The three men were able to get Parliament to grant that the colony not pay customs or taxes on their natural resources like fish, timber, furs, or lumber. Sweet! That nifty patent stayed in effect for decades. And when another king, 140 years later, demanded customs and taxes, remember what happened? The Boston Tea Party.

Meanwhile, Rev. Weld was having less success with his efforts, so he created a Narragansett patent and took it around the Council of State and other leaders for signatures. The patent said Massachusetts Bay Colony owned the northwesterly parts of Rhode Island. His fraud was discovered, and he was recalled to Massachusetts for disciplinary action, but he never returned, having conveniently found an English parish church to preach in up north. In the 1650s, he wrote tracts refuting the Quakers' radical theology.

Weld and Peter had another lucrative business in England: they took children and teens, orphans or the fatherless, from parish poor rolls and kept them in a camp until a ship could be made ready to transport them as “servants” (or slaves) to America. An epidemic killed a large number of the camp inmates. When the children were put on ships, it was without minders or nurses—just the rough ship’s crew were in charge for eight to twelve weeks. The human trafficking enlarged as the English Civil Wars raged in the 1640s and people were separated from families by death or displacement. Peter went with the Cromwell army to Ireland, too, so it’s possible that he took part in or suggested the deportation of Irish slaves to America and the Caribbean.

Hugh Peter was the chaplain for Oliver Cromwell and the General Fairfax's army during the Civil Wars, and  he counseled the Parliamentary politicians to try and execute King Charles. Several diarists of the day wrote that Peter was theatrical, melodramatic, and absurd in the pulpit, with facial expressions and shruggings of shoulders.

Rev. Peter was critical of the Anglo-Dutch war (in which William Dyer sought and was given the commission of Commander-in-Chief-Upon-the-Seas), saying to the Council of State that the two Protestant powers should work together, and not blow one another apart on the seas.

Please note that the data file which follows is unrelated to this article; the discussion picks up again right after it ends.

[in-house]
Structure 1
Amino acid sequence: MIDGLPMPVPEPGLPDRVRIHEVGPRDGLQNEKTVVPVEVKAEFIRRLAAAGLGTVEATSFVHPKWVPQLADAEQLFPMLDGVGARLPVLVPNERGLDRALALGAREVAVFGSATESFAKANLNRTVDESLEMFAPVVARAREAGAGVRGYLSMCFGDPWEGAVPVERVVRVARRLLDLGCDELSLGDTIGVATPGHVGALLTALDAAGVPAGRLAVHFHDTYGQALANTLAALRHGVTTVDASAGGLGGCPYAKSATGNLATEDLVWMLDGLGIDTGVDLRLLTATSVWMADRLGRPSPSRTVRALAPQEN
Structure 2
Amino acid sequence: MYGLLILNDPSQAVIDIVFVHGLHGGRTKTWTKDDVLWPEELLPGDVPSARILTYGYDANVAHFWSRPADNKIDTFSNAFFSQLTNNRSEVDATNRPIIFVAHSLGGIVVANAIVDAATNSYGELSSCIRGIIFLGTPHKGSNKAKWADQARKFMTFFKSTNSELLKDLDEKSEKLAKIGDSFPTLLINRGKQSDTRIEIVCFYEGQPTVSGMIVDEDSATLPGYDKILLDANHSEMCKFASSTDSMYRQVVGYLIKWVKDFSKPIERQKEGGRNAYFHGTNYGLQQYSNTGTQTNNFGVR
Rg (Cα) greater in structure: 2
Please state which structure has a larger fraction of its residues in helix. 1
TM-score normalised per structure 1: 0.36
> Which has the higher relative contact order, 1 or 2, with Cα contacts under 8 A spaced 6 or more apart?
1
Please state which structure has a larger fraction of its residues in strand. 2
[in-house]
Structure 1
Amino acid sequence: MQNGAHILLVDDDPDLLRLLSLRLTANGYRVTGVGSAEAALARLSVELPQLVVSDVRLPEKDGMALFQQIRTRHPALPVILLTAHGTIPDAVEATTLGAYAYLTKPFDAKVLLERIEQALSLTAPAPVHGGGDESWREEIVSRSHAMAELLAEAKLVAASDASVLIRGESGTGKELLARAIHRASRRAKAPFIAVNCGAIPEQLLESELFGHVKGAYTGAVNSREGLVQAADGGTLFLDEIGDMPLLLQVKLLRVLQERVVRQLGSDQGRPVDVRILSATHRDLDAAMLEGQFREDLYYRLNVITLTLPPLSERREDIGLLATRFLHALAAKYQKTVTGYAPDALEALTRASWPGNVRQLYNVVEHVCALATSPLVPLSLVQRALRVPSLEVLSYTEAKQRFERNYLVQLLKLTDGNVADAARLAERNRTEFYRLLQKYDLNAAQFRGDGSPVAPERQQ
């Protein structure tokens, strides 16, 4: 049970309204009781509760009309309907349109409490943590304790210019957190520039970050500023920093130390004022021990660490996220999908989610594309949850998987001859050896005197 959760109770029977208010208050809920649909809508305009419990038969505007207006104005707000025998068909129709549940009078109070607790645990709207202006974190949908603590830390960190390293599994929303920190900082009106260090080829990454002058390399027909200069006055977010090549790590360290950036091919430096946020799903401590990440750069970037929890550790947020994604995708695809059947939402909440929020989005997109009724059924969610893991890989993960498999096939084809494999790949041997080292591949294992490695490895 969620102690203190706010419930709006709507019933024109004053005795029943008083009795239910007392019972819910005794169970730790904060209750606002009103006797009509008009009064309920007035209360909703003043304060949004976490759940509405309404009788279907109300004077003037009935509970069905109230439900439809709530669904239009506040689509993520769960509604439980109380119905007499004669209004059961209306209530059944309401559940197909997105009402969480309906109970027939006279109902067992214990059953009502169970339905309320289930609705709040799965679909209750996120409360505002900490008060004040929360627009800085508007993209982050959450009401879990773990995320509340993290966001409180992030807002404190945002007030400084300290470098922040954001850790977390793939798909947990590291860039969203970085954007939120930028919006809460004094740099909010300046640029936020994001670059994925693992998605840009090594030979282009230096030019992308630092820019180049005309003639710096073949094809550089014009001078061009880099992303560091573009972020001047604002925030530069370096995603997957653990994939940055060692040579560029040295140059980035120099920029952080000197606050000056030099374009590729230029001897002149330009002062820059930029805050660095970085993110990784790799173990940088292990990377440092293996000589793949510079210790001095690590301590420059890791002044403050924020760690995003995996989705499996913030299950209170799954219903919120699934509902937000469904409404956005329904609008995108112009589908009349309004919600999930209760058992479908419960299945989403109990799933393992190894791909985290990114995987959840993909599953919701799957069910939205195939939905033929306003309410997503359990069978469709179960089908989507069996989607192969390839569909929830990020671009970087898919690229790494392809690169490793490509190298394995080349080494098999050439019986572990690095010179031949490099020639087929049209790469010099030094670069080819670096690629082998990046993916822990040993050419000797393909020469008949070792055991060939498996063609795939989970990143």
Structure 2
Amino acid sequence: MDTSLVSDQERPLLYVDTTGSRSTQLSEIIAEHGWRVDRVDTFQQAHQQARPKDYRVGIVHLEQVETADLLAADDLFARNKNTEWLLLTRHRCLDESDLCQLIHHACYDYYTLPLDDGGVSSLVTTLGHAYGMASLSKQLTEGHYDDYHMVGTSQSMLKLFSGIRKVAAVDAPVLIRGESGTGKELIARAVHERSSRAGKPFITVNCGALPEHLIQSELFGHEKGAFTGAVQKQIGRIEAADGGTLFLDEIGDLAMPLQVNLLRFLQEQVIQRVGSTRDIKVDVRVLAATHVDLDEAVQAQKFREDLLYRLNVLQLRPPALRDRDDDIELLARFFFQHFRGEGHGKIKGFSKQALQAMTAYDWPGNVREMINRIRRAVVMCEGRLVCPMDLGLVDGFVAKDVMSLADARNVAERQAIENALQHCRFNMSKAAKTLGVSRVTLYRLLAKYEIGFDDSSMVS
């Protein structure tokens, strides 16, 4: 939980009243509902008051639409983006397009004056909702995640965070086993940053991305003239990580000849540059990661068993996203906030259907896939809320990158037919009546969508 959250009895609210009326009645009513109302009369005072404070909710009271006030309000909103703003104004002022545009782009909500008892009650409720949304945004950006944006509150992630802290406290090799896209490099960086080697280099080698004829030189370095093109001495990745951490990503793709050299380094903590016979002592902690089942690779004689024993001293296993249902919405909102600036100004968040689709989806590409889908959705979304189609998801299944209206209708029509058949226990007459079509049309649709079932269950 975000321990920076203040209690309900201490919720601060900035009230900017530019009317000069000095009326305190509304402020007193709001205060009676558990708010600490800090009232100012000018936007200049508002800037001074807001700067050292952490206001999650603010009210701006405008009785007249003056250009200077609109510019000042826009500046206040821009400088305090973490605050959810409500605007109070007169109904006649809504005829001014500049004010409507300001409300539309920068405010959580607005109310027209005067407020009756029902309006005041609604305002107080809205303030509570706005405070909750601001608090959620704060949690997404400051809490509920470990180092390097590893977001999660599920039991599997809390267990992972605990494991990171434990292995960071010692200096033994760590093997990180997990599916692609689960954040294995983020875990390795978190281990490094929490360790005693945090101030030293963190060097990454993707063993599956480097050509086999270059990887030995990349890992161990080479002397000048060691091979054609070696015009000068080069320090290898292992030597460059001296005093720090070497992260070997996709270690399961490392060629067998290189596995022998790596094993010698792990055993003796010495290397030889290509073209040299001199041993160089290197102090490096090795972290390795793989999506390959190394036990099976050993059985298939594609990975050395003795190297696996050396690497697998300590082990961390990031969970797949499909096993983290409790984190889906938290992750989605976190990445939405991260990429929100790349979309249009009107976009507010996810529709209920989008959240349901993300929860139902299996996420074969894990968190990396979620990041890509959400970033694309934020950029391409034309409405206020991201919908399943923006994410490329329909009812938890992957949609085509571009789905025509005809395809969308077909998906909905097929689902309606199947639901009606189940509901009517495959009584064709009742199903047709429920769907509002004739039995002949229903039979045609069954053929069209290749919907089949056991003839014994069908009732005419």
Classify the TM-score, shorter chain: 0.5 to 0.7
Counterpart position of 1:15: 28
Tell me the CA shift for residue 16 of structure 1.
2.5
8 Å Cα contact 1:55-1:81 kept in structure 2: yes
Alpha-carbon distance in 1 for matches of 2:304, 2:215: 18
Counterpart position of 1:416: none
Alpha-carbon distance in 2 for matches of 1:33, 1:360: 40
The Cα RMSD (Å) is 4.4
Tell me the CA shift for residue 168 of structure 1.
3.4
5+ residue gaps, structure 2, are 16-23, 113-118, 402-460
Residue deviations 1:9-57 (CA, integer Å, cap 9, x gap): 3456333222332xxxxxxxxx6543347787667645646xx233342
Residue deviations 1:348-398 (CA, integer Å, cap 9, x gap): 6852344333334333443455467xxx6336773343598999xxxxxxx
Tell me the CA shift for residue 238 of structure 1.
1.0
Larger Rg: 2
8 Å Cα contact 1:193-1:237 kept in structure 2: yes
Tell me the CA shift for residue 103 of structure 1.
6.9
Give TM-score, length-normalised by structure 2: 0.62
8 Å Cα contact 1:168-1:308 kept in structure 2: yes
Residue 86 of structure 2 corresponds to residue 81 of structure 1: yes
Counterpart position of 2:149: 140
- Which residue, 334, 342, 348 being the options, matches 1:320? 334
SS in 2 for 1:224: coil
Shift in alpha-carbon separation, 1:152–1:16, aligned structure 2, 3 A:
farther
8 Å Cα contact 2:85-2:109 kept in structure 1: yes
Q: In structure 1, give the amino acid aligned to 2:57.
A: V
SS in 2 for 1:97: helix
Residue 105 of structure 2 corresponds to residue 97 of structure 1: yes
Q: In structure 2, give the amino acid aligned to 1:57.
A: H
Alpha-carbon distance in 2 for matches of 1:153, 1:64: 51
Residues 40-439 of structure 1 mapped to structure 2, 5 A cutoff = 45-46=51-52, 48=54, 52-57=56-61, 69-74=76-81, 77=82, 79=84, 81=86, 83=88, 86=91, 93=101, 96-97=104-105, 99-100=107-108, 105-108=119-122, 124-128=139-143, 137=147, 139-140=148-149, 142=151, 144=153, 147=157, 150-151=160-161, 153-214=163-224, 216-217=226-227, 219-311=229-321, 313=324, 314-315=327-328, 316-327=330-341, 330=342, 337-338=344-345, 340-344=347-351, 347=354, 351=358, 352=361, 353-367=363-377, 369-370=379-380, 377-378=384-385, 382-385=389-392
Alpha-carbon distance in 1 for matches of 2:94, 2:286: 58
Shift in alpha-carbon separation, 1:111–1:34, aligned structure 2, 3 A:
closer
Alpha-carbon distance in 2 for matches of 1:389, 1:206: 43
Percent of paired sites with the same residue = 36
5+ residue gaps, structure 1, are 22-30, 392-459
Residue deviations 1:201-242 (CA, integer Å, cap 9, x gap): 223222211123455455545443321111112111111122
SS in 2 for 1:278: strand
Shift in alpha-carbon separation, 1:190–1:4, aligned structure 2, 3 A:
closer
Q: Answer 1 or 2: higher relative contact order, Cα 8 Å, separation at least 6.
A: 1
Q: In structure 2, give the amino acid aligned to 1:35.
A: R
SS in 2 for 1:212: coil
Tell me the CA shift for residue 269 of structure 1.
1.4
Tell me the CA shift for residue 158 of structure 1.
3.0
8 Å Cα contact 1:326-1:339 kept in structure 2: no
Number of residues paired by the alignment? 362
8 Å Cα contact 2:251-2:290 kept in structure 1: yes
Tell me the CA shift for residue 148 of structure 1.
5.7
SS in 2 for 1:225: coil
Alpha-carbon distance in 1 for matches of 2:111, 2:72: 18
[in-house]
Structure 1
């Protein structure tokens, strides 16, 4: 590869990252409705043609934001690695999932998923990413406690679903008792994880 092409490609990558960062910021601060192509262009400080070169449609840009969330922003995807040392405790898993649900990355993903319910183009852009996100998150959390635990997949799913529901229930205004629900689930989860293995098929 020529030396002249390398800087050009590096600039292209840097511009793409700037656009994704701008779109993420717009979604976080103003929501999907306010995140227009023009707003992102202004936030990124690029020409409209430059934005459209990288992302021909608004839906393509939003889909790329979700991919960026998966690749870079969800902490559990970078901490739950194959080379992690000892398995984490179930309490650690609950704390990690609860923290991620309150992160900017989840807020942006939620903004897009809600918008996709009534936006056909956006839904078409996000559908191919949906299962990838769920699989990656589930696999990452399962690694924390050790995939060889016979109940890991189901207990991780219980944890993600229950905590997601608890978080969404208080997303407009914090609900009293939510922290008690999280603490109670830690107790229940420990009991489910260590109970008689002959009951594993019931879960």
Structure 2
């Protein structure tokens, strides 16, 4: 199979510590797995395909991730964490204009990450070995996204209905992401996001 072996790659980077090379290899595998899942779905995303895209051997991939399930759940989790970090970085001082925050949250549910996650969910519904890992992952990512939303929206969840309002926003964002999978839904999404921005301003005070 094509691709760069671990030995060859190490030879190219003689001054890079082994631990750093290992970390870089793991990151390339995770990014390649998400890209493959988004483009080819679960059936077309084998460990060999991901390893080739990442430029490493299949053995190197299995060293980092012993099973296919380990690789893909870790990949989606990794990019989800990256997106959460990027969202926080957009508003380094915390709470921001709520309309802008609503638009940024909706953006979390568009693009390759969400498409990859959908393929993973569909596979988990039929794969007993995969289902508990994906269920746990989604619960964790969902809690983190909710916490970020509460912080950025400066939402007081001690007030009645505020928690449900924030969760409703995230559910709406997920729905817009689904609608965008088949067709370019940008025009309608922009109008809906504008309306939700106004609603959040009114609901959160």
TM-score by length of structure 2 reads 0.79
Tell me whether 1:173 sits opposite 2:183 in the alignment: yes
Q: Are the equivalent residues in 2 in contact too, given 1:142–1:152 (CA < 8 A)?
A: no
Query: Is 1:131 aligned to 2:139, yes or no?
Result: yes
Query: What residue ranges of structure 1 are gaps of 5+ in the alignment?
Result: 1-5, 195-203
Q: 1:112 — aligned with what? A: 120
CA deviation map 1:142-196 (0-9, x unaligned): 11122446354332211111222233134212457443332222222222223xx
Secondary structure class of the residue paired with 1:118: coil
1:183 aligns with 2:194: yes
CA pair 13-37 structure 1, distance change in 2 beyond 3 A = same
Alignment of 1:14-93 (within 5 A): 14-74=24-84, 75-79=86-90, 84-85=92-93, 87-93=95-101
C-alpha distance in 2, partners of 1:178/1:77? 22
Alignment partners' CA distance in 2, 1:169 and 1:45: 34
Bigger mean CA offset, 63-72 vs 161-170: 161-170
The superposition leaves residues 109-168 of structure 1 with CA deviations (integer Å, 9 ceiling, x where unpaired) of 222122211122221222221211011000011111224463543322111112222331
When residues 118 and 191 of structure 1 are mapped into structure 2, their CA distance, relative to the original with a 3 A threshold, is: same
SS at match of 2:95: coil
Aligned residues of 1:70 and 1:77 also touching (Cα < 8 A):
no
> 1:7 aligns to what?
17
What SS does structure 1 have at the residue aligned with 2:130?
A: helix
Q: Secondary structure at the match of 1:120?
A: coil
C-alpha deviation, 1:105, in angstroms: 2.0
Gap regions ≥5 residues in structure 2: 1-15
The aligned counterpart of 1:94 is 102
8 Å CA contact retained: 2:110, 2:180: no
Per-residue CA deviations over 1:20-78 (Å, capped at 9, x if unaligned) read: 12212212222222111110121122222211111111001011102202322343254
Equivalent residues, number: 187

He led the procession of the king from Windsor to London for his trial. When the execution came to pass in early 1649 (meanwhile, back in Boston, Winthrop was in his final illness), rumor had it that Hugh Peter was the other man, besides the headsman and the unfortunate king, there on the platform at Charing Cross. They said they recognized his voice, though his face was obscured like the headsman’s.

At the Restoration (of Charles II to the throne) in 1660, those who took part in Charles I's execution or the conspiracy to execute were called regicides. Most of them were caught and tried. At his trial, one of his colleagues said that Rev. Peter had boasted of another reason beside colony business, that he was sent to England in 1641, and that was that the colonial agents were to stir up war against the King of England. If that was true and not just a scurrilous accusation, Hugh Peter and his colleagues were successful. After his trial, Hugh Peter was given the traitor’s death: hanged but taken down, emasculated, his organs drawn out while he was alive, and then dismembered, with his head set on a pike and his limbs sent around the country.

Hugh Peter was the butt of satirical songs and articles accusing him of drunkenness, adultery against his mad wife back in Massachusetts (a capital offense in the colony), embezzlement, and inappropriate jocularity against the king. He denied them; historian C.H. Firth, at the end of the 19th century, said that Hugh Peter didn’t do those things, and that on the contrary, Hugh was honest and upright. In light of the many reports we can assemble in the 21st century, I'm of the opinion that Firth was a tad optimistic about Hugh's character.
1647: Another side of Rev. Hugh Peter. 
 In the Dictionary of National Biography, the historian Burnet characterized him as "an enthusiastical buffoon preacher, though a very vicious man, who had been of great use to Cromwell, and had been very outrageous in pressing the king's death with the cruelty and rudeness of an inquisitor."
It looks like Hugh is peering through a keyhole, but one writer suggested that Hugh had a reputation for womanizing, and that in this satirical cartoon from 1647, he was reaching under the door for a key when his fingers were caught in a mousetrap. When the husband startles awake, the duplicitous wife assures him that what he heard was the mousetrap. “The Rat is catch’t,” she says. Hugh Peter mourns, “Oh, my fingers.”
The cartoon is 370 years old, and I can’t stop laughing at it.


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Christy K Robinson is the author of three books on William and Mary Barrett Dyer and their culture, friends, and enemies, all meticulously researched over years. Find them here: http://bit.ly/RobinsonAuthor

1 comment:

  1. Comment from Rose A Doherty, president of the Partnership of the Historic Bostons (PHP):
    I sent your recent post to the PHB board. Frank Bremer was kind enough to respond with his thoughts. I thought you would like to see them.

    "The best biography of Peter remains Raymond Phineas Stearns, The Strenuous Puritan: Hugh Peter, 1598-1660 (1954). He played an important role in the development of Congregationalism as pastor of an English congregation in Rotterdam before coming to America. I have written about him (a chapter focusing on his published letter to his daughter as he awaited execution) in First Founders: American Puritans and Puritanism in an Atlantic World (2012)." --Dr. Francis J. Bremer